13. When Mr Maqsood explains that “the lawyer said it was not a valid marriage”, but that the Appellant himself “does not know why it was not valid” so that “therefore they were single as the marriage was not valid”, the judge responds by saying “I am raising this.” The judge continues to maintain that the parties were wrong to go to the registrar, and “and it has to be put to them and I have put to them and that is why I have raised it and that is why I told you not to interrupt.” Mr Maqsood replies, “I was only saying if she could finish what she was saying – there was no incentive for them to get married …”. Plainly, the judge’s reprimand of Mr Maqsood that, “that is why I told you not to interrupt” is an interference with Counsel’s duty to bring out the evidence from his witness in the manner that he or she chooses. In fact, there is also an interference by the judge in the closing speech of Counsel at the end of the hearing.
14. It has been well-established by the legal authorities that a fair hearing involves the facilitation by the judge of the examination of the witness without due interruption. It is well-known that “fairness may require a Tribunal to canvas an issue which has not been ventilated by the parties or their representatives, in fulfilment of each party’s right to a fair hearing” (see AM (fair Hearing) Sudan  UKUT 656 (IAC) at sub-paragraph (v)). However, there is a world of difference between ventilating an issue and actively involving oneself in the conduct of the hearing, which appears to have been the case here. That said, we would hope that in future, there would be a witness statement from Counsel (see BW (witness statements by advocates) Afghanistan  UKUT 568 (IAC)), together with an application for a transcript of the hearing (see Elais (fairness and extended family members)  UKUT 300 (IAC)). We would also hope that the disputed issues are identified (see AM (fair hearing) Sudan  UKUT 656 (IAC)). In addition, there has to be an affidavit from the representative appearing at the hearing backed up by Counsel’s notes to highlight the concerns that are being raised.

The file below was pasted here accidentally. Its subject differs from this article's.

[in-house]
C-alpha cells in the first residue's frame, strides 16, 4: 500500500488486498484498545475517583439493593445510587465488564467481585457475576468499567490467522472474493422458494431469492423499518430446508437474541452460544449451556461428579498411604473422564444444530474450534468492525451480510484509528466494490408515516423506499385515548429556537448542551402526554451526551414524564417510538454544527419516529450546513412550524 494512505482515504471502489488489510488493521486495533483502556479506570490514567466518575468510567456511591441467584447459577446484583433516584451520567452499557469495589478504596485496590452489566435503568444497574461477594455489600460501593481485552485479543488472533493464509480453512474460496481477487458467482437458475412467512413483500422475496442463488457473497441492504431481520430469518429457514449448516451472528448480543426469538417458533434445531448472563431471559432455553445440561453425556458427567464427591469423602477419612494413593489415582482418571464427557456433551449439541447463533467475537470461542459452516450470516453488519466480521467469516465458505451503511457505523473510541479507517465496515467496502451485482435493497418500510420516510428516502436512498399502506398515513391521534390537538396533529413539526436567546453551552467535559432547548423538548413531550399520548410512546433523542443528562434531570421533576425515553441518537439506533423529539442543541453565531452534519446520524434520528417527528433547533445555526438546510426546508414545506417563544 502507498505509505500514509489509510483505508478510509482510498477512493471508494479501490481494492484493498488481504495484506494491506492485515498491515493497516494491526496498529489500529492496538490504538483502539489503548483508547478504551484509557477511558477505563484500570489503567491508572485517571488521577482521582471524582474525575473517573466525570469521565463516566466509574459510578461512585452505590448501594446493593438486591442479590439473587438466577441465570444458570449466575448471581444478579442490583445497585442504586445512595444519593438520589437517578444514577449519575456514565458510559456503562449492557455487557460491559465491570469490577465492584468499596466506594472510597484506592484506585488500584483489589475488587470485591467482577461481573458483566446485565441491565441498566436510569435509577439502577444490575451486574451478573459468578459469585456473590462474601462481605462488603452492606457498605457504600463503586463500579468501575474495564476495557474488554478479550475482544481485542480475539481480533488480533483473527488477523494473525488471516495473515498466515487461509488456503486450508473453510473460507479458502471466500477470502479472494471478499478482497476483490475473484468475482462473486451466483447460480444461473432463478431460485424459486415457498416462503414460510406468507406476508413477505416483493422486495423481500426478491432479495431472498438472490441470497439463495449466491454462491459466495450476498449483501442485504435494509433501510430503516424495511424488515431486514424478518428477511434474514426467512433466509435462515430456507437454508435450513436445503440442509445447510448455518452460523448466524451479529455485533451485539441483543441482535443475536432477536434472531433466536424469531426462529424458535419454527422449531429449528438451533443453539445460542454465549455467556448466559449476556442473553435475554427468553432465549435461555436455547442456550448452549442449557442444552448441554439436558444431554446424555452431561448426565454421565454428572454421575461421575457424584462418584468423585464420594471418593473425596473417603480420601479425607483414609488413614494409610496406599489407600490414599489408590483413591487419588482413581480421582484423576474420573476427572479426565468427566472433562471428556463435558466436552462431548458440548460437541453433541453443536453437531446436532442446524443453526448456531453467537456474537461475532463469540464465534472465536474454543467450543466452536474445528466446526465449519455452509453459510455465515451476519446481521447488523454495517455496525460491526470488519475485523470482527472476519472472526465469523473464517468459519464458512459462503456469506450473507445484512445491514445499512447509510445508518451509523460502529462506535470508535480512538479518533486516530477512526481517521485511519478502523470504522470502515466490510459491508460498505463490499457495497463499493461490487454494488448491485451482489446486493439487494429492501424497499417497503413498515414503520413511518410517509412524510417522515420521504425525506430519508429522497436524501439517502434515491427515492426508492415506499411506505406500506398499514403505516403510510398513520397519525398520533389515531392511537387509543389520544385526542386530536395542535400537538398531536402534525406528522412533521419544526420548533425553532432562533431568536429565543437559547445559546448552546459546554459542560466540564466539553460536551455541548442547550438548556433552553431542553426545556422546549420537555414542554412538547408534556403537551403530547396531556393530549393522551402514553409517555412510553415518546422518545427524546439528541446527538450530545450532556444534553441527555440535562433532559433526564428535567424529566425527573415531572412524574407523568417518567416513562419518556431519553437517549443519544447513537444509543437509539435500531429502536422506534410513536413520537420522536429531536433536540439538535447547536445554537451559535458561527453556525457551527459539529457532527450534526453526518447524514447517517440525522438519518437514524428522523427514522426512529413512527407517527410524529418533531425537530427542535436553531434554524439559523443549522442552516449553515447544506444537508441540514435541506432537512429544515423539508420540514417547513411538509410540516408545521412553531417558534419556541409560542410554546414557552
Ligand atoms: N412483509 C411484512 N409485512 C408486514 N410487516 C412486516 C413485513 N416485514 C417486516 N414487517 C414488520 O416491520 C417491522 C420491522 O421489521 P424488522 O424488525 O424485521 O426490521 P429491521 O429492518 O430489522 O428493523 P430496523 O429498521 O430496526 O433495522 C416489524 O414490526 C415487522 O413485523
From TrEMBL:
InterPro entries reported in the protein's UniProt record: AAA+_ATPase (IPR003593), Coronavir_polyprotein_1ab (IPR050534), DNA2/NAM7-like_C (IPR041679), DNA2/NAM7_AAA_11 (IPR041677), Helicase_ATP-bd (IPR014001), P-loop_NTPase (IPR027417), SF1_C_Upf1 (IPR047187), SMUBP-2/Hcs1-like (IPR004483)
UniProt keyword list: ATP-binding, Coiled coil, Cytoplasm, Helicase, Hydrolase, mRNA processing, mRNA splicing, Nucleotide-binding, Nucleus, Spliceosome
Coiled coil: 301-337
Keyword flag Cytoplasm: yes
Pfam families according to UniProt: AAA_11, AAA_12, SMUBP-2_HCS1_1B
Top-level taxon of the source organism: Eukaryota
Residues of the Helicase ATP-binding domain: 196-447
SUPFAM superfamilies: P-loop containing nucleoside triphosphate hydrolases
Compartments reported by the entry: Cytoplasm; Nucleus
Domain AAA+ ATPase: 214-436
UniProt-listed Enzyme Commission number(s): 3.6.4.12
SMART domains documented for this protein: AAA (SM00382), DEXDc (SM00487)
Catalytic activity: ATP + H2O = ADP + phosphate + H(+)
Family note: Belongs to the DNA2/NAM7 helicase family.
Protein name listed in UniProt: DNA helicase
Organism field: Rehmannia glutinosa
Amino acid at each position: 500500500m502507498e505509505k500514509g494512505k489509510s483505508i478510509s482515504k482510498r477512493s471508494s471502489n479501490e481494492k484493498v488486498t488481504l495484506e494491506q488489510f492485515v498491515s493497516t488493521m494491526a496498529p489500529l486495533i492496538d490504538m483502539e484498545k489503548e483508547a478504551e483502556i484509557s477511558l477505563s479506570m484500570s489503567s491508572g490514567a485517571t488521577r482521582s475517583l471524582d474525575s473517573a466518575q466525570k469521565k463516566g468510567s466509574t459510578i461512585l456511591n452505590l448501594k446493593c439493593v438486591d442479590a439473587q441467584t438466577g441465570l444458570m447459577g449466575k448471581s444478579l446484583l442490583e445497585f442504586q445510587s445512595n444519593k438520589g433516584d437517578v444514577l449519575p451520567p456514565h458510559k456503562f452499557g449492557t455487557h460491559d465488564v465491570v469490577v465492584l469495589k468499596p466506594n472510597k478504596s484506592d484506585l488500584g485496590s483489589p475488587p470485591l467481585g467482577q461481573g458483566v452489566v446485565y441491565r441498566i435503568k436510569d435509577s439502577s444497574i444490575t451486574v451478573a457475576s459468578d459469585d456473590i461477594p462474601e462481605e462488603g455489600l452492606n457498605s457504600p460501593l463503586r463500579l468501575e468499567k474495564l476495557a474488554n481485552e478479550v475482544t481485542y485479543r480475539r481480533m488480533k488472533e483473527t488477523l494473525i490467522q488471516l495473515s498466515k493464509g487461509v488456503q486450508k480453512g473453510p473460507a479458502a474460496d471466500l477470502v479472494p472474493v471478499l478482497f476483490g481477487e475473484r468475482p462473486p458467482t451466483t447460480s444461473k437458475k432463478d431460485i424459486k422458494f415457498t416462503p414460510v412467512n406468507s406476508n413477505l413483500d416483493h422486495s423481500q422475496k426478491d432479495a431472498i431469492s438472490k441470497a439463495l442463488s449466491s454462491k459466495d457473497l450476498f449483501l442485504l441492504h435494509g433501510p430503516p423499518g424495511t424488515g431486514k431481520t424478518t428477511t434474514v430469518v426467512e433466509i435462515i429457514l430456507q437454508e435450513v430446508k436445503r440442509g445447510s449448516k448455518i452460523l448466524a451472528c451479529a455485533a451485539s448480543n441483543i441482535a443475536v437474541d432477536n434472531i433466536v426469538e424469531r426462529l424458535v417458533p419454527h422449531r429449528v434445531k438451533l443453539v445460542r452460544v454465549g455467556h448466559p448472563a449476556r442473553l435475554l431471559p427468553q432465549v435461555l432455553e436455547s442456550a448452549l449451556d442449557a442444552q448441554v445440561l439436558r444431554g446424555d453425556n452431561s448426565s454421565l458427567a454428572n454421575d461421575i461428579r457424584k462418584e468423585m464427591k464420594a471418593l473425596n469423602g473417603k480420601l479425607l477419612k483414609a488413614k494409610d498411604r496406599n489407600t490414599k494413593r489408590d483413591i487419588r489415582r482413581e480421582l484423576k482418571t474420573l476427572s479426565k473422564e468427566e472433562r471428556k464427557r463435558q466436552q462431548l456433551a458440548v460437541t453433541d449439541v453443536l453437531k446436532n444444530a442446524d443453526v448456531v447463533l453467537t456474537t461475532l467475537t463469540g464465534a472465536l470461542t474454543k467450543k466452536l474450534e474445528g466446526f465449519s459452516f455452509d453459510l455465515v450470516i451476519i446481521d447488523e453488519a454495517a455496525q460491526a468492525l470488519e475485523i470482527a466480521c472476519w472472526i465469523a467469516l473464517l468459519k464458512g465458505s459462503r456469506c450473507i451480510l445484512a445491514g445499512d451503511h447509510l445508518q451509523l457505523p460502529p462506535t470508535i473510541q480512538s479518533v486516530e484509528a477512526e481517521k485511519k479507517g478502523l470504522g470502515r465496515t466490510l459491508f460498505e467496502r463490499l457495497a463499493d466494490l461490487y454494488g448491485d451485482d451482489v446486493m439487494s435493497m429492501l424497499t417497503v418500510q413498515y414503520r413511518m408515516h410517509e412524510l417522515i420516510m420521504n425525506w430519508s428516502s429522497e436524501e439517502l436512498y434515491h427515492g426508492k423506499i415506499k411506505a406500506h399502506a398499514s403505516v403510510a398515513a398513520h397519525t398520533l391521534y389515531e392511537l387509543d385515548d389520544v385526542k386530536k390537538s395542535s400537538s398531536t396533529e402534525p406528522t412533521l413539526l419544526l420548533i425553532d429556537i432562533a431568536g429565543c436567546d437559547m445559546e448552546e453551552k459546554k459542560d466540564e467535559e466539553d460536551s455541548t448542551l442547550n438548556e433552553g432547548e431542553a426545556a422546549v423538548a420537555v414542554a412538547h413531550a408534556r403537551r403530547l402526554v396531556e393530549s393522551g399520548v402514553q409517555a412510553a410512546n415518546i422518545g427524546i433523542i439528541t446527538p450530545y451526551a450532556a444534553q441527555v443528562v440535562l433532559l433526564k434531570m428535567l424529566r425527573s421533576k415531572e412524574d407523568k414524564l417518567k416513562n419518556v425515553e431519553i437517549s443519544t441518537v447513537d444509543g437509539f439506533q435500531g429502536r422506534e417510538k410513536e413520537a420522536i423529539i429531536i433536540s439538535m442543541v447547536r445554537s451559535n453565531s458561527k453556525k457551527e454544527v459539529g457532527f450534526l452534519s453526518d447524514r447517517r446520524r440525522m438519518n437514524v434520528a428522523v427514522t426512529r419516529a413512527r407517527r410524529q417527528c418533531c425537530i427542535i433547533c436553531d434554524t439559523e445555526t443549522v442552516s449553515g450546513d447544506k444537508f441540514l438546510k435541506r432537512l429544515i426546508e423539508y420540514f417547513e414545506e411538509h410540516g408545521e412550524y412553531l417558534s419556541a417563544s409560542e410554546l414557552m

Error of Law
15. For all these reasons, we are satisfied that the making of the decision below involved the making of an error on a point of law such that the decision stands to be set aside. This is because in accordance with Practice Statement 7.2.(b) the nature or extent of any judicial fact-finding which is necessary in order for the decision in the appeal to be remade was such that, having regard to the overriding objective in Rule 2, it is appropriate to remit the case to the First-tier Tribunal, to be heard by a judge other than Judge Norris.
Notice of Decision
16. The decision of the First-tier Tribunal involved the making of an error of law such that it falls to be set aside. We set aside the decision of the judge below. This appeal is remitted back to the First-tier Tribunal to be heard by a judge other than Judge Norris.
Satvinder S. Juss
Judge of the Upper Tribunal
Immigration and Asylum Chamber
9th October 2023